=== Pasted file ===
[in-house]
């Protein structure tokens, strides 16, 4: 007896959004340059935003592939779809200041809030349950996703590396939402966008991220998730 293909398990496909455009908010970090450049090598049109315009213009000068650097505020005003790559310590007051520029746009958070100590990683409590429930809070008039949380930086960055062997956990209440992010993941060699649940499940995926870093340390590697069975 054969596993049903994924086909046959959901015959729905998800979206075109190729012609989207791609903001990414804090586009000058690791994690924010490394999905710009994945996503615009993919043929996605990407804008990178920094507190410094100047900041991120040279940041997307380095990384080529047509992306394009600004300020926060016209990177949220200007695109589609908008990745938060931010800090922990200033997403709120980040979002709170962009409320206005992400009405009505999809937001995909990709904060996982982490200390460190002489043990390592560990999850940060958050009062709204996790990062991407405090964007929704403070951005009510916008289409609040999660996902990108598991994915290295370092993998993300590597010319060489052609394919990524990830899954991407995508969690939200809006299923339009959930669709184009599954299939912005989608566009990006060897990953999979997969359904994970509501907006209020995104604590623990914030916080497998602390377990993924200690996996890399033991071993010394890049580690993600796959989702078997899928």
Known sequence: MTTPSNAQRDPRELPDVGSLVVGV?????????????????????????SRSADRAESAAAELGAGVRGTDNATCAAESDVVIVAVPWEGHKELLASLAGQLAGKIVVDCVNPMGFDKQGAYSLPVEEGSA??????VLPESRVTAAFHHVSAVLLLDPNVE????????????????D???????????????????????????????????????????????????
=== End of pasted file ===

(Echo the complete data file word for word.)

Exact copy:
[in-house]
């Protein structure tokens, strides 16, 4: 007896959004340059935003592939779809200041809030349950996703590396939402966008991220998730 293909398990496909455009908010970090450049090598049109315009213009000068650097505020005003790559310590007051520029746009958070100590990683409590429930809070008039949380930086960055062997956990209440992010993941060699649940499940995926870093340390590697069975 054969596993049903994924086909046959959901015959729905998800979206075109190729012609989207791609903001990414804090586009000058690791994690924010490394999905710009994945996503615009993919043929996605990407804008990178920094507190410094100047900041991120040279940041997307380095990384080529047509992306394009600004300020926060016209990177949220200007695109589609908008990745938060931010800090922990200033997403709120980040979002709170962009409320206005992400009405009505999809937001995909990709904060996982982490200390460190002489043990390592560990999850940060958050009062709204996790990062991407405090964007929704403070951005009510916008289409609040999660996902990108598991994915290295370092993998993300590597010319060489052609394919990524990830899954991407995508969690939200809006299923339009959930669709184009599954299939912005989608566009990006060897990953999979997969359904994970509501907006209020995104604590623990914030916080497998602390377990993924200690996996890399033991071993010394890049580690993600796959989702078997899928």
Known sequence: MTTPSNAQRDPRELPDVGSLVVGV?????????????????????????SRSADRAESAAAELGAGVRGTDNATCAAESDVVIVAVPWEGHKELLASLAGQLAGKIVVDCVNPMGFDKQGAYSLPVEEGSA??????VLPESRVTAAFHHVSAVLLLDPNVE????????????????D???????????????????????????????????????????????????